The question is a common one amongst gamers; Playstation or Xbox? If you ask most people, they would immediately give you an answer to their preference. But, which one runs better compared to the other in the most recent release of the PS5 and Xbox Series X?
Depending on how diehard you are, you’ll want whichever is the best of the best. You’ll want to know the ins and outs of what you will be purchasing for any of the heavy-hitting games you may play.
A console that can support any high-performance graphics that are commonplace in recent video games is an obvious winner. To know this, we’ll need to understand the differences between the Xbox Series GPU versus the PS5 GPU.
Let’s talk a little more in-depth about what a GPU is and what other pieces of hardware and software are important to the GPU to make it function for high-performance games and streaming.
What Is a GPU and What Does it Do?
A GPU is a graphics processing unit; it is used for processing applications on consoles and computers. Processing applications can be helpful in having a higher resolution in streaming your Netflix, high-performance video games, and web browsers such as chrome, firefox, etc.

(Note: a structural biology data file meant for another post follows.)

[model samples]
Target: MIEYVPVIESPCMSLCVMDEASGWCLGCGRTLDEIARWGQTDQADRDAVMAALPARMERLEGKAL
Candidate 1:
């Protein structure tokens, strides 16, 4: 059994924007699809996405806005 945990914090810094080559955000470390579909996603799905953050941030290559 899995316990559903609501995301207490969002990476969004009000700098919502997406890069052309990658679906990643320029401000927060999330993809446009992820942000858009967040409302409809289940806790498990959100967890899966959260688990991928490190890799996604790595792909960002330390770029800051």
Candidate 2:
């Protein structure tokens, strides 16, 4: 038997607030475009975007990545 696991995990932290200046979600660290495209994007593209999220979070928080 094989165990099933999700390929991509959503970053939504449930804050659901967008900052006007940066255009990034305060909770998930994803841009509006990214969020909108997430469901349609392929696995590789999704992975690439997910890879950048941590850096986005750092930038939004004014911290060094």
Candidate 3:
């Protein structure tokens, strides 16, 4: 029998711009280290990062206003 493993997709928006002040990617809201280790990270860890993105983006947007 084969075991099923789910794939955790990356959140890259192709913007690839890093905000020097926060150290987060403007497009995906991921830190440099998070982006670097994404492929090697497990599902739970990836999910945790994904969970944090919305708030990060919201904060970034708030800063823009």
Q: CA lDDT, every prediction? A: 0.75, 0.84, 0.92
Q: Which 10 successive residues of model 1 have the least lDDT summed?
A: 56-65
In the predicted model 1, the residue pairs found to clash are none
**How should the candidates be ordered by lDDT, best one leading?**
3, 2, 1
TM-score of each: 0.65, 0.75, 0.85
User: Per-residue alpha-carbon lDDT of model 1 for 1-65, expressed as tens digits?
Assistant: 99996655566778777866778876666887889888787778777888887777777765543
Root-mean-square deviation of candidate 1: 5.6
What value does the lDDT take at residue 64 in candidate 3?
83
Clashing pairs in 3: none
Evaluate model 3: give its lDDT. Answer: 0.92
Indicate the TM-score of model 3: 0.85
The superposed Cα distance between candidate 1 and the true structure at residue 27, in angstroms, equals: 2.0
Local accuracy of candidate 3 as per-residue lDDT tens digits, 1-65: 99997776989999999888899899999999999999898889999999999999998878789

An easy explanation about the GPU is it gives better graphics, realistic visuals, and lighting effects. Think about when you’re streaming a tv show or playing a heavily demanding high-graphics game and it immediately loads or doesn’t buffer the video you’re watching.
A GPU is important in modern-day computers for more than just video games and watching Netflix though. It is beneficial in processing large amounts of data. While GPUs are primarily designed for rendering graphics, they can also do raw calculations, which is why they are popular for uses such as mining cryptocurrencies.
How Do You Compare GPUs?
If we’re really going to understand the differences between the GPUs in the Xbox and PS5, then we need some metrics to use. How do you actually compare one CPU to another?
Well, it turns out that there are some specific units of measurement and outputs that can be measured and looked at directly. If we wanted to dig deep enough, we could come up with a ton of metrics, but to keep this simple, it’s probably best to focus on four or five. Let’s start by looking at video RAM, fill rates, bandwidth, and support APIs. If you’re not familiar with any of those terms, don’t worry. We’ll go through each in turn.